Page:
Samuel Lamorna Birch (1869-1955)
|Samuel Lamorna Birch (1869-1955)
|River Lune near Lancaster
|A fine delightful oil on canvas by Newlyn listed artist Samuel Lamorna Birch. Painted circa 1895, it depicts the River Lune and fisherman near Lancaster and is a stunning example of early British Impressionism. The colours are just beautiful, very vibrant and in gallery condition. This is one of the best early works by this artist. Signed lower right.
|Oil on Canvas
|31 x 20 inches
|Framed in a fine period gallery frame which enhances the colours in the picture., 37 inches by 27 inches. In excellent condition.
|Samuel John Lamorna Birch (1869-1955) the leading figure of the second flowering of the Newlyn School, Samuel John Birch was so smitten with the Lamorna valley and cove that he took its name as his own, becoming known as Lamorna Birch. Samuel John Birch was born in Egremont, Cheshire. Apart from a brief period of study at the Atelier Colarossi, Paris in 1895, he was largely self-taught as an artist. Birch first visited West Cornwall in the late 1880s and settled in the Lamorna Valley in 1892.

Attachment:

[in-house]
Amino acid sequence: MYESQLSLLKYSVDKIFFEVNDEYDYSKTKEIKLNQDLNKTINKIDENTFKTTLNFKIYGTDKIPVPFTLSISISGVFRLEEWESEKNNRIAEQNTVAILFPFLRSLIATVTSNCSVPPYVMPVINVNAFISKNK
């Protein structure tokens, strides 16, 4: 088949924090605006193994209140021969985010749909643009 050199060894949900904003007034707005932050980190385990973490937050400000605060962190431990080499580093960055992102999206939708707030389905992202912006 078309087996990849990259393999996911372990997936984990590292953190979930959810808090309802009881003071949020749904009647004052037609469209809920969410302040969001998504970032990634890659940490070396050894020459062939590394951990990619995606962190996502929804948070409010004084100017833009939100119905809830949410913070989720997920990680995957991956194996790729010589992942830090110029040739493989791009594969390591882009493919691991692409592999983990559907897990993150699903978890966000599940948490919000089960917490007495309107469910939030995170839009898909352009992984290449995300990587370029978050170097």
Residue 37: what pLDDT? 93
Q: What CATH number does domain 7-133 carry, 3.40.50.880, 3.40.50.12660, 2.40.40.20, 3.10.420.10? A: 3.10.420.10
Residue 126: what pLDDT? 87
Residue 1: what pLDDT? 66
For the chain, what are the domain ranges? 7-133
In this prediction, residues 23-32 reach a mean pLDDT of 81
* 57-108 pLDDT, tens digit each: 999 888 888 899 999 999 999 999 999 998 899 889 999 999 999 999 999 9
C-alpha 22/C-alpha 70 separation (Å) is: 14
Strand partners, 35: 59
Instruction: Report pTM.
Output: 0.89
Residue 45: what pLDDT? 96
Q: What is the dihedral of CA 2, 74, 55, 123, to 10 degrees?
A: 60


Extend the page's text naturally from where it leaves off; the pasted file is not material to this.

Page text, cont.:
He adopted the epithet ‘Lamorna’ in 1895 to distinguish himself from fellow artist Lionel Birch (an idea suggested by Stanhope Forbes). He is regarded as the father figure of the later group of ‘Newlyn’ artists, which included Laura and Harold Knight, Alfred Munnings, Frank Gascoigne Heath and Stanley Gardiner, known as the Lamorna group. Birch was elected as an Associate of the Royal Academy (ARA) in 1924 and was made a full Royal Academician (RA) eight years later. In his long and distinguished career, he exhibited over 200 works at the Royal Academy, as well as exhibiting throughout the Country and abroad.